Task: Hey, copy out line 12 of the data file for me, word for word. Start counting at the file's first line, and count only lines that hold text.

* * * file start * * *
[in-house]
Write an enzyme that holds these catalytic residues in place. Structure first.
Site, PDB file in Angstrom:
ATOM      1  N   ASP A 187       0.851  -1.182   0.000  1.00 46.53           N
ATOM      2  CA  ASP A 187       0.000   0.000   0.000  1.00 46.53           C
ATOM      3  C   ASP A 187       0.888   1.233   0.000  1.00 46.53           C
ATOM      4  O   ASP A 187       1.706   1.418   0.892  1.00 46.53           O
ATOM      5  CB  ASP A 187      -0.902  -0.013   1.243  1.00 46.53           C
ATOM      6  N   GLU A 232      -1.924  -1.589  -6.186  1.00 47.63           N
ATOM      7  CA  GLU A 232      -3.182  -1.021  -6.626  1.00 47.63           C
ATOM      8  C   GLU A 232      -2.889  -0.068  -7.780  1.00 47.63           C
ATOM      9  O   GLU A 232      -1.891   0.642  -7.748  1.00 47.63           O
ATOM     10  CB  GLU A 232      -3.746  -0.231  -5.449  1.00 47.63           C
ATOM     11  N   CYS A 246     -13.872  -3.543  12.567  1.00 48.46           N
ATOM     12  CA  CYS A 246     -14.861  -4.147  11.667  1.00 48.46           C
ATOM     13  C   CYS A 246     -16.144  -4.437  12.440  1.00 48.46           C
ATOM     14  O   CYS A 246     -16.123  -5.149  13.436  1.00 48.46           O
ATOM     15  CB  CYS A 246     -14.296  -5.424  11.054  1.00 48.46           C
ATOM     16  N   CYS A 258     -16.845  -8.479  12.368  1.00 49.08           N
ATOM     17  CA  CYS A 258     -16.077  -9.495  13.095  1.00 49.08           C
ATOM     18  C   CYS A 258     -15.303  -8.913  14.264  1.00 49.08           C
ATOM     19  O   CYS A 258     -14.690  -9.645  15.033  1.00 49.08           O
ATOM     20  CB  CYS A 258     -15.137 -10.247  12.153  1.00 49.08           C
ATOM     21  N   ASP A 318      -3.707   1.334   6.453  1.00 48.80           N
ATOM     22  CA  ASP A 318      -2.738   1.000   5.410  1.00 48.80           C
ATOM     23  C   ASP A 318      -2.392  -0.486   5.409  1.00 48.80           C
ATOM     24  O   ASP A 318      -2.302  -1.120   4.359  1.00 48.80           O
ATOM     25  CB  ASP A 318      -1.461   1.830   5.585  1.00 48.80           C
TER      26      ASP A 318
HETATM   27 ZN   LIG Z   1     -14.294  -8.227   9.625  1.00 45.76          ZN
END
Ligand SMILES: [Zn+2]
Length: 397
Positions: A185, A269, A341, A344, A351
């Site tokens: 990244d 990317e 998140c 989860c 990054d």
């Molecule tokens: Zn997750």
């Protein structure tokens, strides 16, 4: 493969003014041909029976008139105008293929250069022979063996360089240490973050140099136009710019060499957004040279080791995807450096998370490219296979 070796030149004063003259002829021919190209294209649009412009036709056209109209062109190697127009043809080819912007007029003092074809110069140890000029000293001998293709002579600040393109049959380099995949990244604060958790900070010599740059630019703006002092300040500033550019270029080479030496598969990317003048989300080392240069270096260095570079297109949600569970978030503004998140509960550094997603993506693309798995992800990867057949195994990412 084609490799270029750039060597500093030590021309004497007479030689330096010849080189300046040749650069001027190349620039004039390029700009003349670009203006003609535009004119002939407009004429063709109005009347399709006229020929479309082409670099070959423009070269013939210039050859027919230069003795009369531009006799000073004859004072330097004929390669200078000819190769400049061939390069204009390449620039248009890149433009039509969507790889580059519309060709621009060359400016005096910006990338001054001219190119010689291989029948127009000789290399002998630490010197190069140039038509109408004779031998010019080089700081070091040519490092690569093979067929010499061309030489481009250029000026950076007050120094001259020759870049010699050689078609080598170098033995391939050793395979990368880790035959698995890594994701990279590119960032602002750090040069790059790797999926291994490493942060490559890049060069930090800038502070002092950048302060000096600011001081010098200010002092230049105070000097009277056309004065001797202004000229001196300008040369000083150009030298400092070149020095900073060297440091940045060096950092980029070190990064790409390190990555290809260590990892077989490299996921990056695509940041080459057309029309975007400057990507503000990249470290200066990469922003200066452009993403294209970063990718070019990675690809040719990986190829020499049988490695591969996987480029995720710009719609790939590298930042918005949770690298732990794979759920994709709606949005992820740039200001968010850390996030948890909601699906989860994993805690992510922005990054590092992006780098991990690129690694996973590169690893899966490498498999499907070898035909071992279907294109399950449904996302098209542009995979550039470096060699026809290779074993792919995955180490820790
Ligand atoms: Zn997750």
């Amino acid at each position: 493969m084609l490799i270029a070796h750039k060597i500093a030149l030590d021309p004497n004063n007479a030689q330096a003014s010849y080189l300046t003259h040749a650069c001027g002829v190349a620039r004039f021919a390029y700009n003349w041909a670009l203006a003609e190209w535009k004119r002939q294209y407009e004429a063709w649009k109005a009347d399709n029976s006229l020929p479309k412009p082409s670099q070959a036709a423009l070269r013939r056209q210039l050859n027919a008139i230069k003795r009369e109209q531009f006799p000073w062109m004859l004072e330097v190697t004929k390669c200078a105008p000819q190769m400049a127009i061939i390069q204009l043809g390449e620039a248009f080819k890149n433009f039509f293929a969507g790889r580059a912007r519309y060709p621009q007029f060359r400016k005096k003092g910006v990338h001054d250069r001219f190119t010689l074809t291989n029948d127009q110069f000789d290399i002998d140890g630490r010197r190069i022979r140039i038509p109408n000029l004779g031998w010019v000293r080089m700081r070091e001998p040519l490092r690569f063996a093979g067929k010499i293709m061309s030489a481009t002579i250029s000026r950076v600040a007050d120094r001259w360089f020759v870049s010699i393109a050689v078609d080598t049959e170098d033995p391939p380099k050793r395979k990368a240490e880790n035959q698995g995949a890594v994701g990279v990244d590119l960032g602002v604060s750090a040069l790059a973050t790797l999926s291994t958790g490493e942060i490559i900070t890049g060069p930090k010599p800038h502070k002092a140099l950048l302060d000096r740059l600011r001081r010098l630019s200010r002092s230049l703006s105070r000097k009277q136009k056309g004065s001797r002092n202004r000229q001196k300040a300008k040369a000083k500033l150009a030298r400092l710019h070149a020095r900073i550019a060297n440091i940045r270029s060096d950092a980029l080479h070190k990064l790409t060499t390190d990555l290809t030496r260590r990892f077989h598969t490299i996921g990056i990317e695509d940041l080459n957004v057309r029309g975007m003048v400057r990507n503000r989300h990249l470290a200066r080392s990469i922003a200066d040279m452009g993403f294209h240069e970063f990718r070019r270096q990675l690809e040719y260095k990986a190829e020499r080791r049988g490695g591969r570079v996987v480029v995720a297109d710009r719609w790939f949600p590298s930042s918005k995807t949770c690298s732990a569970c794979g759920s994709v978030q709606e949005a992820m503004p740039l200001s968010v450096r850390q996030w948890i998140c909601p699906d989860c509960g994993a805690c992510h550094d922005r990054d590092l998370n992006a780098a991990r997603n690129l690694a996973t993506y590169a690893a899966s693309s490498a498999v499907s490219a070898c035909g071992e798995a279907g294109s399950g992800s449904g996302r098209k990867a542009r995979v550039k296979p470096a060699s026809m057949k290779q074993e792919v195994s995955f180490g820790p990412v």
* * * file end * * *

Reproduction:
ATOM      9  O   GLU A 232      -1.891   0.642  -7.748  1.00 47.63           O